Kyustendil region occupies parts of South-western Bulgaria and extends on area of more than 3 000 sq.km. The population is approximately 170 000 people organized in 9 municipalities – Kyustendil, Sapareva Banya, Dupnitza, Bobov Dol, Rila, Kocherinovo, Nevestino, Boboshevo and Treklyano.
It borders on the regions of Sofia and Pernik to the east, on Blagoevgrad district to the south, while to the west, its limits coincide with the state borders between Bulgaria and Macedonia, and Bulgaria and Serbia. The district includes parts of several cross-border mountains, which altogether form the so-called “Kyustendilsko kraishte” (Kyustendil Corner-land). To the south, the territory of the region reaches the ridges of the Osogovo, Vlahina and Rila Mountains. The Kyustendil province also includes the Dragovishtitsa and Bistritsa river valleys, which additionally diversifies the terrain.
Kyustendil region is most popular for its fertile valleys and the Bobov Dol coal mines. Mild climate and favorable soil composition are the key prerequisites which have enabled this area to develop a successful agriculture in the context of Bulgaria’s economy. Kyustendil has deep traditions in growing various vegetables, but is most famous for the considerable fruit growing.
The region has also exceptional nature resources. There are numerous thermal mineral springs in the towns of Kyustendil, Nevestino and Sapareva Banya. The mineral water of Sapareva Banya reaches up to 103°C and is among the hottest in Europe. The Stob pyramids and the 70-meter-high waterfall of the Golemi Dol River near the village of Kamenichka Skakavitsa attract many adventurous hikers and tourists who have the desire to explore and conquer the heights of the Rila Mountain and the frozen waterfalls of Skakavitsa.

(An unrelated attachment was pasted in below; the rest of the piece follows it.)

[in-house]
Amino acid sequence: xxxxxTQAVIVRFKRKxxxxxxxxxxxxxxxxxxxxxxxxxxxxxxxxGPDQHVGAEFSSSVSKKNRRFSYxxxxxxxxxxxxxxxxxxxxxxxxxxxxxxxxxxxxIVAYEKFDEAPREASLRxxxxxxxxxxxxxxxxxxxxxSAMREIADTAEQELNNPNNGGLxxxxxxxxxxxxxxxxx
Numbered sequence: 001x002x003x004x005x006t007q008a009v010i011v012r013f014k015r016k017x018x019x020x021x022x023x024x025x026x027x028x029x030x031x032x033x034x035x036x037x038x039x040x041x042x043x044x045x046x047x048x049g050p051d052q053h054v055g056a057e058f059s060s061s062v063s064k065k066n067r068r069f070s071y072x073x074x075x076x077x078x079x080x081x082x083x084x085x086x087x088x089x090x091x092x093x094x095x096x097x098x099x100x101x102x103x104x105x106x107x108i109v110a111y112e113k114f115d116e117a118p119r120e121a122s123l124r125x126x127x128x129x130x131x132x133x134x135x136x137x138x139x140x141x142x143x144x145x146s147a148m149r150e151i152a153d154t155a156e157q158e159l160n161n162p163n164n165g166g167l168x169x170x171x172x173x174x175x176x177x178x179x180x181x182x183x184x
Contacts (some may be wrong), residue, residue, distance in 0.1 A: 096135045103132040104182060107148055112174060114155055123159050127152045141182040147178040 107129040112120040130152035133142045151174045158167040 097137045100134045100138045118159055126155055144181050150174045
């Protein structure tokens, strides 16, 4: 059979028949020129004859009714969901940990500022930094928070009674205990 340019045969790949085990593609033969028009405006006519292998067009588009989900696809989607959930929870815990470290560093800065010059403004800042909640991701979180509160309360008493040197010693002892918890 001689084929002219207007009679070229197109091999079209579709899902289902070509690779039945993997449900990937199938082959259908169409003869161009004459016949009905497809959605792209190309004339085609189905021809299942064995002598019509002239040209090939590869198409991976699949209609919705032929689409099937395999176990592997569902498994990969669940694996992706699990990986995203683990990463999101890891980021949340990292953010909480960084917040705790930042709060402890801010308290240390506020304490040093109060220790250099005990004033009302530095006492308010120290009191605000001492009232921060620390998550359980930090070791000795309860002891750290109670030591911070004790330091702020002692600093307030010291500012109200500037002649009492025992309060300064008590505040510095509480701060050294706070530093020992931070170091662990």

As far as the economy is concerned, the region falls into cross-border relations with the Republic of Macedonia and Serbia. Dupnitza is often referred to as the business capital of the region. It is popular for the pharmaceutical production outlet which is one of the biggest in Bulgaria.
One of the greatest symbols of Bulgarian faith and religious devotion is situated in Kyustendil province. The Rila Monastery, nestling in the heart of the Rila Mountain only 120 km south from Sofia, is the most impressive monuments from the Bulgarian Renaissance period. Internationally renowned for its unique architecture, mountainous setting and legendary history, the monastery is a must-see for every Bulgarian and foreign tourist.
Situated 1147 meters above sea level on the steep slopes of the narrow Rilska river valley, the monastery has sustained the wear and tear of time becoming an important centre of Bulgarian language, culture, education and spiritual growth. The monastery is believed to have been built by the disciples of Ivan Rilski shortly after his death. Ivan Rilski was a hermit who lived in the tenth century (during the reign of Tsar Petar) in a cave just 2 km from today’s monastery. The cave is considered to have been St. Ivan Rilski’s original hermitage.
Since its establishment, the monastery has been one of the most respected centres of Christianity – generous donations were made by Bulgarian tsars from 1210s to 1380s. Later, despite the destructions done by the Ottoman invasions, the monastery started its revival in the beginning of the fifteenth century thanks to donations provided by the Russian Orthodox Church. In the XVII and XIX century, the recovery and renovation of the monastery was done with donations from wealthy Bulgarians from all over the country.
As an architectural monument, it has the outward appearance of a fortress, but the inside reveals splendid black-and-white patterns and bold red stripes of the graceful arches and balconies. The monastery’s church has a solid iconostasis which is almost 10 m wide and has massive gold carvings most of which made by Zahari Zograf.
Nowadays, the monastery has a museum with a rich collection of manuscripts, documents, jewelry and a library with more than 16 000 books and is included on the UNESCO’s List of World Heritage.
The monastery is a starting point for hiking routes to Mount Mayovitsa (2975 m) and Mount Mousala (2925 m), which is also the highest peak on the Balkans.